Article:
***This review originally appeared on the website of now-defunct Denver Magazine; I’m posting it here as was—hence the wintertime references—along with an update.***
I’ve tried just about every Thai joint within a 5-mile radius of my house on the south side of town, & I’ve been disappointed by all of them. Let’s face it, the vast majority follow a generic formula that blurs regional distinctions & shifts the cuisine’s celebrated balance of spicy to salty to sour to sweet in favor of the latter to appeal to the American taste for sugar.
So I didn’t get my hopes up for Thai Pan. I’d peeked into the strip-mall storefront at the corner of South Colorado & East Mississippi once, & was vaguely amused by the mishmash of decorative elements so typical of such holes in the wall—a display of jewelry for sale here, a framed photo of the king of Thailand there, carved depictions of elephants (the national symbol) everywhere. But it was closed at the time, & I didn’t consider it again until last week, when the cold snap kept me home in my pajamas, delivery menus at the ready. Although Thai Pan’s menu was laden with the usual stirfries, curries, & noodle dishes, it also listed haw mok—a curried seafood custard rarely found in the repertoire of your average pad Thai peddler. So I went for it, steeling myself for a letdown.
Traditionally, the custard is well set, steamed and served in a “cup” of banana leaves. The container that arrived at my house was loosely set, even soupy. (Owner Panjama Cheewapramong tells me they serve it in a bowl even in-house.) But it was also chock-full of an array of fresh shellfish: huge green-lipped mussels, squid tentacles, firm bay scallops, plump shrimp. The aroma was wonderful, alerting me to the presence of lemongrass, kaffir lime leaves, basil, mint, & chilies. And so was the first bite (& all the bites after that): the rich coconut-milk curry, invigorating whole-leaf herbs, soft egg, & slightly sour shredded cabbage all set off the shellfish in fine balance.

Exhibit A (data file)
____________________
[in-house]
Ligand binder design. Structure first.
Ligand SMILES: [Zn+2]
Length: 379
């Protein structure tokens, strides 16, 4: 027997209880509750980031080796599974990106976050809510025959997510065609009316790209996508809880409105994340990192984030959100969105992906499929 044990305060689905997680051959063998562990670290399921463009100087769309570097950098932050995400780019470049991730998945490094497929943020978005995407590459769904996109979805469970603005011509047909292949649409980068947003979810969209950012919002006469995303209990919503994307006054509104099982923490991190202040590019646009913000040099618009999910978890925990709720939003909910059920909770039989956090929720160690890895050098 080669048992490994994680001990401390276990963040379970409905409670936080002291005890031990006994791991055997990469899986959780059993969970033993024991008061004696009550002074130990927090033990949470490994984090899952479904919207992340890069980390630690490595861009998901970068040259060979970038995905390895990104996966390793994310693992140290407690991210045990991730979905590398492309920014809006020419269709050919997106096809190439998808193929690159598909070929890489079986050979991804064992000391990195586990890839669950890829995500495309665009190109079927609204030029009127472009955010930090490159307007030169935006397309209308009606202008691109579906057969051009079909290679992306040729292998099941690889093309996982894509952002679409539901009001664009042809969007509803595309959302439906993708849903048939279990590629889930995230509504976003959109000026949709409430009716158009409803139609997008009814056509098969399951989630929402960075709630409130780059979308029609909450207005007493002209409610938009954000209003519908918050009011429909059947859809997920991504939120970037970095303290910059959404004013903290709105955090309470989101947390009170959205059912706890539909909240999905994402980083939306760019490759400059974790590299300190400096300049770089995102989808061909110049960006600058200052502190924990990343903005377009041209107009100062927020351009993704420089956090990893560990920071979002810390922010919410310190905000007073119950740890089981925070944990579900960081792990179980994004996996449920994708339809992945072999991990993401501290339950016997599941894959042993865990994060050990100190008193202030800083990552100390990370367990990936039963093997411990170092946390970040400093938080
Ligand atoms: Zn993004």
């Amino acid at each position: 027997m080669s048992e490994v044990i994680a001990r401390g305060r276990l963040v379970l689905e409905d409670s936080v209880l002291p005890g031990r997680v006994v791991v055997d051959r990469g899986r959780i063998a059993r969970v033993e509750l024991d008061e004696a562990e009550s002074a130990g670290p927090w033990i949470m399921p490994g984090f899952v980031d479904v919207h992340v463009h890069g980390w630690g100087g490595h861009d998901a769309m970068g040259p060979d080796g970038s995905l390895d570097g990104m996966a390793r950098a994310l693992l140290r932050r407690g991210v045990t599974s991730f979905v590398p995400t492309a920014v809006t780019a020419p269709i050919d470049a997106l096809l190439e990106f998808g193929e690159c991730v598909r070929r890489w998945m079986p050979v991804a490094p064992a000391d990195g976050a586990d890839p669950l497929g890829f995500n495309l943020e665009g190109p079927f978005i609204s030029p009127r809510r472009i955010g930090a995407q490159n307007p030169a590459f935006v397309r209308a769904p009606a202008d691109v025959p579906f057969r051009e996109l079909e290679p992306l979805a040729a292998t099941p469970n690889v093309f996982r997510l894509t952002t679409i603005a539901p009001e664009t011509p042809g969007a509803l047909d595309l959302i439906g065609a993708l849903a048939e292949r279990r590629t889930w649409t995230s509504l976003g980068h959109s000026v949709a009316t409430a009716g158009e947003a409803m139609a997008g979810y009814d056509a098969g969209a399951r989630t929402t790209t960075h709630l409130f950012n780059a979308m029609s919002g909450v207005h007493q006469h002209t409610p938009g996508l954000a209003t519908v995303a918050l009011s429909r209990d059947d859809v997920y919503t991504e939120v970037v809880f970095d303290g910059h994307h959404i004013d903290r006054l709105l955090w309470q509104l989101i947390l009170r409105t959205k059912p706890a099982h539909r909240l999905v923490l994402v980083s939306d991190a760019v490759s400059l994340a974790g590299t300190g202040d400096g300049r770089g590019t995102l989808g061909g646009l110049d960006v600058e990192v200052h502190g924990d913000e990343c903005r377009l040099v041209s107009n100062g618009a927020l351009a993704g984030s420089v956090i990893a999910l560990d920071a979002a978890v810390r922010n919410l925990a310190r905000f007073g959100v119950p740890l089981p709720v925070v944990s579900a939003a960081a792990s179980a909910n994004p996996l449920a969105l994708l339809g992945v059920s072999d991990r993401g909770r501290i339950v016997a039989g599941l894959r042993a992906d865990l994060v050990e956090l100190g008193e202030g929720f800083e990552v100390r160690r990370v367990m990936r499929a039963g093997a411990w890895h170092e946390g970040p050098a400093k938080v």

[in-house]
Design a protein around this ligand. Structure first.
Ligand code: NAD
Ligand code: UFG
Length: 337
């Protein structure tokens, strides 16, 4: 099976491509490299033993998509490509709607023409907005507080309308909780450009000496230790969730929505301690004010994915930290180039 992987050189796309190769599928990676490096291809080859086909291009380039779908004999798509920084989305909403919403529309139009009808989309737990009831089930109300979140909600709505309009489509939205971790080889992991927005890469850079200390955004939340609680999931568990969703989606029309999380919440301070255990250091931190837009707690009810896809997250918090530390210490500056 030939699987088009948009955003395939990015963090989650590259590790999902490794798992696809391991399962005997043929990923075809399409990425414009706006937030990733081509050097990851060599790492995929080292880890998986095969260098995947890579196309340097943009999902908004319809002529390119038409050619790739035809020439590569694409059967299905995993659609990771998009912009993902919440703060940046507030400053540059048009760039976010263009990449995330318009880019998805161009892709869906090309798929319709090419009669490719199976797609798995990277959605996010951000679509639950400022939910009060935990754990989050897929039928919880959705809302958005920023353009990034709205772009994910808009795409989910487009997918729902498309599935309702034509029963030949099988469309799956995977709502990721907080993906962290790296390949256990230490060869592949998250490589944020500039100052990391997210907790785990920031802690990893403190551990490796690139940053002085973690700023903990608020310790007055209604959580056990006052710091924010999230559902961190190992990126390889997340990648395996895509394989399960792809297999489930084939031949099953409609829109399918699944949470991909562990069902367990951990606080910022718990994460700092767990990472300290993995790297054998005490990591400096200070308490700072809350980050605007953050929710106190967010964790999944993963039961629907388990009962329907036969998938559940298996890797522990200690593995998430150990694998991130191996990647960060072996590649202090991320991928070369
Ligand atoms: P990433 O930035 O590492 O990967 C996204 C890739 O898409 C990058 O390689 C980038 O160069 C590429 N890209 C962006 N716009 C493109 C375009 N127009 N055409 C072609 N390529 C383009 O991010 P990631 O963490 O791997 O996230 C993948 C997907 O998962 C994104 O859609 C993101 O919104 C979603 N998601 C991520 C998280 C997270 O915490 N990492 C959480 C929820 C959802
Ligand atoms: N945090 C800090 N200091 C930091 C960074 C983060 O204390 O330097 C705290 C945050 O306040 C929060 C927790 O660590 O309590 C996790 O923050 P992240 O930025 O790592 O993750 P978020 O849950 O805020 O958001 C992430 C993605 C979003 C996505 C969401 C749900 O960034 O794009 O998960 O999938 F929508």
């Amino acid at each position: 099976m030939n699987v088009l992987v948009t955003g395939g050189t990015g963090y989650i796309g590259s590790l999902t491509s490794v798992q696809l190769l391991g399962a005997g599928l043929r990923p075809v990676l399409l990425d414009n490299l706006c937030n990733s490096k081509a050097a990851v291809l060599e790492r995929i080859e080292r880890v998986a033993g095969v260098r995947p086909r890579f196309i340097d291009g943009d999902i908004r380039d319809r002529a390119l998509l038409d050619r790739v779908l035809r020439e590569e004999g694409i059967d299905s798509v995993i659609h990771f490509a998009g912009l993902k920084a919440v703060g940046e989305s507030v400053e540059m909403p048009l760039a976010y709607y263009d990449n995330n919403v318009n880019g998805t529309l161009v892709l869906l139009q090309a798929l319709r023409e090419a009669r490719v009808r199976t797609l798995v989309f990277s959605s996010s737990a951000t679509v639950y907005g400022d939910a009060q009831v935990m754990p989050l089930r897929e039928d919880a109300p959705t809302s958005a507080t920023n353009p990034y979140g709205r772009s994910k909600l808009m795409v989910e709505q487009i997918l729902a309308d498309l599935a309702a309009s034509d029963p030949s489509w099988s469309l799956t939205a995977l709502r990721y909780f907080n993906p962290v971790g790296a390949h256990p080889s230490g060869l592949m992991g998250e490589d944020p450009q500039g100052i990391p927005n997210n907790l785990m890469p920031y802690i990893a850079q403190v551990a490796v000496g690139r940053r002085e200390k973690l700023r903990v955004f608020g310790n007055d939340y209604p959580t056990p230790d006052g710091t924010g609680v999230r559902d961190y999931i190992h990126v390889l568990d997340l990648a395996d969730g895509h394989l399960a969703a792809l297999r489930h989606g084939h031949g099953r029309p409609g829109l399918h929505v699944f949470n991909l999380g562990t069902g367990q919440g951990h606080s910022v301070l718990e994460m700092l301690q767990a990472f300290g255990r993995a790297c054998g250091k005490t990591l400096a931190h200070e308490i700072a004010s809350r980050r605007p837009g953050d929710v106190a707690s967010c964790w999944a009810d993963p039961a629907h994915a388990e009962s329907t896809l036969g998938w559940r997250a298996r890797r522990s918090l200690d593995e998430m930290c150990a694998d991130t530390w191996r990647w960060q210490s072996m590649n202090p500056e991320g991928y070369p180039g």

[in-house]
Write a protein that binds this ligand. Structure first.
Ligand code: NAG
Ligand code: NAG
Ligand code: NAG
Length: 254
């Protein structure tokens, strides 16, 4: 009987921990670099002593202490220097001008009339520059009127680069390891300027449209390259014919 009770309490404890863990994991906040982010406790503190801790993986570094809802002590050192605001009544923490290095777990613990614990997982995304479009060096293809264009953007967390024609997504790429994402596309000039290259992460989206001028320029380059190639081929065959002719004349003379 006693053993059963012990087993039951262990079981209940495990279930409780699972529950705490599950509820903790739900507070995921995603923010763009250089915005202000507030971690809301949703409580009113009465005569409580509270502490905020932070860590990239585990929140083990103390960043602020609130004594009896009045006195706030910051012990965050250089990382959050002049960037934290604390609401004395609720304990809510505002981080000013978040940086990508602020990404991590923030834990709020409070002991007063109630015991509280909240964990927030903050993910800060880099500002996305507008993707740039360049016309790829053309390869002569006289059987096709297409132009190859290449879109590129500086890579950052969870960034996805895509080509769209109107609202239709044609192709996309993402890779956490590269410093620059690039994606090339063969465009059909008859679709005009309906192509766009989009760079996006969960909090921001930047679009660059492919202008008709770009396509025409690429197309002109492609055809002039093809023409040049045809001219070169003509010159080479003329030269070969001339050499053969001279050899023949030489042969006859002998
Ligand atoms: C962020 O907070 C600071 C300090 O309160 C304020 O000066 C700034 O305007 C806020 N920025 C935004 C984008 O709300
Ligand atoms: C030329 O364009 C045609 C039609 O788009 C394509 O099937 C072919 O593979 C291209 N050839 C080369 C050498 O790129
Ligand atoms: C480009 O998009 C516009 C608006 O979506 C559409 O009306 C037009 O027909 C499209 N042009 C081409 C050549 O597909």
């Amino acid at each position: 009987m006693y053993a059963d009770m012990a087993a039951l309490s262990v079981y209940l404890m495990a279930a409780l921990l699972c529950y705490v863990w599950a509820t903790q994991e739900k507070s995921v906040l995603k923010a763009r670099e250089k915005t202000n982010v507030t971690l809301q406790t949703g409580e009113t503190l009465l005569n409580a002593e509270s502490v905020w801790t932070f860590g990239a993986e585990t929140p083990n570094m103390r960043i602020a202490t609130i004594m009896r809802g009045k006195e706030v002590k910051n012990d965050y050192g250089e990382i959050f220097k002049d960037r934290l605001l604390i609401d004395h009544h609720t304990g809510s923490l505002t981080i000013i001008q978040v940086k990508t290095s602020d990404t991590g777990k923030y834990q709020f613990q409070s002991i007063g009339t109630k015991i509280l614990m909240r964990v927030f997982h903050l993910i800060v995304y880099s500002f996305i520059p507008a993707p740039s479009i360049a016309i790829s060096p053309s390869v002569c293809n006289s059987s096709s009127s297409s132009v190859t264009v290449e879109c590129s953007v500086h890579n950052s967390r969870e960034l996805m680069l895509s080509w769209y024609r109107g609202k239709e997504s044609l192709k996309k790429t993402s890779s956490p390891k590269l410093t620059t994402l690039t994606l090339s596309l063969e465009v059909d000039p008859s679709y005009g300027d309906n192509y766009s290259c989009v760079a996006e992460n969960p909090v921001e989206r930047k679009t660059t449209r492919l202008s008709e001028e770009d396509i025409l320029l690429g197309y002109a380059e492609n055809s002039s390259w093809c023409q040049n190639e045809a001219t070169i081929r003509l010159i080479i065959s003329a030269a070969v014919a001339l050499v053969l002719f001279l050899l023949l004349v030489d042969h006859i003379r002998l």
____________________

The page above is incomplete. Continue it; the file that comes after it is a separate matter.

So as not to incinerate its delicate flesh, I ordered the dish medium-hot, & I’m glad I did—because the spicy stuff I requested over the course of not just one but three delivery orders were sweat-inducing indeed. That includes the larb, an Isan (or Isaan, i.e., northeastern Thai) specialty. Eaten as a salad, it’s a mixture of ground meat, sliced onion, & herbs (namely mint & basil) that’s dressed with lime juice & red chili flakes & tossed with toasted rice powder for just a bit of crunch. I tried it with both pork and chicken, preferring the former for its juiciness.
In Thailand, larb is commonly served with sticky rice—an effective palate-soother, to be sure. But I got mine in the form of dessert. Sweetened with sugar, mixed with coconut milk, & served warm, black sticky rice forms a porridge that’s every bit as soulful as Indian kheer, British hasty pudding, its cornmeal-based American equivalent, or any other version made around the world—&, with its dramatic purple hue, a lot prettier.
As I curled up on my couch to polish it off, I realized with a grin that I’d finally found what I was looking for: a neighborhood go-to for comfort food, Thai-style.
***UPDATE: Months later, the Director & I have ordered from Thai Pan again & again, experiencing only the rare disappointment. For instance, I’ve found the lard na (not pictured)—wide rice noodles, more commonly transliterated as rad na, in a brown gravy—to be a bit overcooked & bland, & the som tum—Thailand’s classic green papaya salad—desultory to say the least.
But tod mun (fried whitefish cakes) are hot, fat, fresh & crunchy.
Conversely ,the spring rolls are cold, fat, fresh & punchy; I got a side of peanut sauce to supplement the usual sweet chili dipping sauce, & was pleased to find it thick with crushed nuts, not starchy.
Finally, the kitchen generally makes a mean stirfry; both the Mongolian with onion, scallions & crispy noodles & the pad phrik with peppers, onions, bamboo shoots, carrots, kaffir lime leaves & curry paste have left us sweating & swooning.